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Tue

28

Jan

2014

Pro-Life: Abortion and Practicality

by Gjergji Evangjeli

 

Abortion has long been recognized to be a harmful procedure. Though resistance to abortion has been presented as a strictly Christian position, the Hippocratic Oath goes against abortion about half a millennium before Christ was born. Of course, the way the Oath treats abortion and euthanasia is one of the major reasons why it is no longer required to be taken in many medical schools. One may wonder at the wisdom for removing the Oath rather than living up to it, but it seems that one’s priorities take precedence.

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Tue

28

Jan

2014

An Open Letter to the Pro-Life Movement

by Ethan Mack

 

Last Wednesday, people from all across the nation descended on Washington D.C. to participate in the 40th annual March for Life. Over one hundred thousand marched in the bitter cold from the national mall to the Supreme Court building. The March is held on January 22 every year in remembrance of the day abortion became legal throughout the nation. I have attended the March on two occasions and both times found it to be a fantastic, grace-filled experience. However, there have been several things I noticed during the March which point to some of the overall shortcomings of the Pro-Life movement.

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Tue

28

Jan

2014

Belgium May Soon Legalize Minor Euthanasia

by Sofia Infante

 

Child euthanasia may soon become legal in Belgium after the Senate voted in favor of a bill that would legalize euthanasia for minors and those suffering from dementia. The bill passed by a margin of 50-17 and must now be considered by the Chamber of Representative, where it is expected to be approved. Efforts to legalize child euthanasia in Belgium had previously been unsuccessfully proposed in 2004 and 2008.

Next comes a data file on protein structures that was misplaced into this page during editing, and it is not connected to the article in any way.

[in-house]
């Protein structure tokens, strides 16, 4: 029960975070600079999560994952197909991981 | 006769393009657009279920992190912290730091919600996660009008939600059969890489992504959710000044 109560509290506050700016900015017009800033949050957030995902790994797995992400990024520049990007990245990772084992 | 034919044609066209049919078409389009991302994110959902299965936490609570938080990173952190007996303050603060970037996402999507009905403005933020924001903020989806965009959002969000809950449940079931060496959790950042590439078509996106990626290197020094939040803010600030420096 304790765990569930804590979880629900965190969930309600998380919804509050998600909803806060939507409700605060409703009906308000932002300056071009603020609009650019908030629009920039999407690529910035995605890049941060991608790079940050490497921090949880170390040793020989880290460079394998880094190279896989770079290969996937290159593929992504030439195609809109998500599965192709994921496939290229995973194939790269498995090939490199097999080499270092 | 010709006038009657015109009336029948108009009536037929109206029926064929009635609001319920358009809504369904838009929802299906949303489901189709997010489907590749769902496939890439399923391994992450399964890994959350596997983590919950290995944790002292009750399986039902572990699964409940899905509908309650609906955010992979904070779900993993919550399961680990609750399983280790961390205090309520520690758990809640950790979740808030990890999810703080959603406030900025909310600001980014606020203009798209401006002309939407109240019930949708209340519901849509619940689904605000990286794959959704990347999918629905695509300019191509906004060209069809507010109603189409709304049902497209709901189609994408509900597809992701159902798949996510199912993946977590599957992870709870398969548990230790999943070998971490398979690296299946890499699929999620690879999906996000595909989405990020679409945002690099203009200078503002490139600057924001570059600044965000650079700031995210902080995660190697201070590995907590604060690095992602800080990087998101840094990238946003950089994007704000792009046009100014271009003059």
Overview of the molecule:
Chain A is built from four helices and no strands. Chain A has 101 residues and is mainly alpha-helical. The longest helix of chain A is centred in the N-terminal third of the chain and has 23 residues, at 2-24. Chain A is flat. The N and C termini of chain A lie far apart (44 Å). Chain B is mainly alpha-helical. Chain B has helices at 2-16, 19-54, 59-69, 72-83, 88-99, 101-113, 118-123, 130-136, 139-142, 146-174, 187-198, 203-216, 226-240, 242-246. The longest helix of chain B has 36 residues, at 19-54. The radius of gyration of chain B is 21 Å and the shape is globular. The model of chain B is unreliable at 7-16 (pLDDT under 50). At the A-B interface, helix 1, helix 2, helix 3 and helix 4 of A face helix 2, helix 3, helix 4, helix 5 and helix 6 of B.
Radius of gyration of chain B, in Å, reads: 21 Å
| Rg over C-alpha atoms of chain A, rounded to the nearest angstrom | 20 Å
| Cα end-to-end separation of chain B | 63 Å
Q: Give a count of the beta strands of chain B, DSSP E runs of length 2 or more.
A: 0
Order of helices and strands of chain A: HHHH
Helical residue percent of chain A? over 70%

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Tue

28

Jan

2014

The Black Puerto Rican Servant of God Moves Closer to Sainthood

by Jay Chin

 

On December 9, Pope Francis recognized the heroic virtues of Servant of God Rafael Cordero Molina, moving him one more step towards canonization, now with the title ‘Venerable’. The cause for canonization of Rafael Cordero began in 2002 with Benedictine abbot Oscar Rivera, who was in charge of presenting the historic evidence and testimonies of his holiness.

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Tue

28

Jan

2014

Pope Francis Appoints New Cardinals

by Ethan Mack

 

Earlier this month, Pope Francis made his first addition to the College of Cardinals. Nineteen bishops from all around the world were chosen by the Pontiff to receive the “red hat” and join the body that has elected the Pope for centuries. In addition to their formal role at the conclave, Cardinals have historically acted as advisors to the Holy Father.

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Tue

28

Jan

2014

Kerry Visits Vatican To Discuss Syria, Obamacare

by Elinor Mitchell

 

Early this month, U.S. Secretary of State John Kerry met with his Vatican counterpart, Pietro Parolin, to discuss conflict in Middle East and the implications of the new nationalized healthcare, among other things. Father Federico Lomardi, a Vatican spokesman, said the meeting was broad and confirmed that Kerry and Parolin, along with aides, spoke specifically about the suffering in Syria and Sudan. Pope Francis and the Vatican have been outspoken proponents of peace in Syria in an effort to protect human rights. The talk came only weeks before the U.N. sponsored peace talks scheduled for January 22nd in Geneva. The conference will hopefully help resolve the rights issues in Syria. Kerry and Parolin also addressed a similar situation in South Sudan. According to the U.N., conflict in South Sudan has left 10,000 dead and another 355,000 displaced.

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Tue

28

Jan

2014

The Little Sisters of the Poor V. Sebelius: A Little Victory for an Important Cause

by Alexander Marsland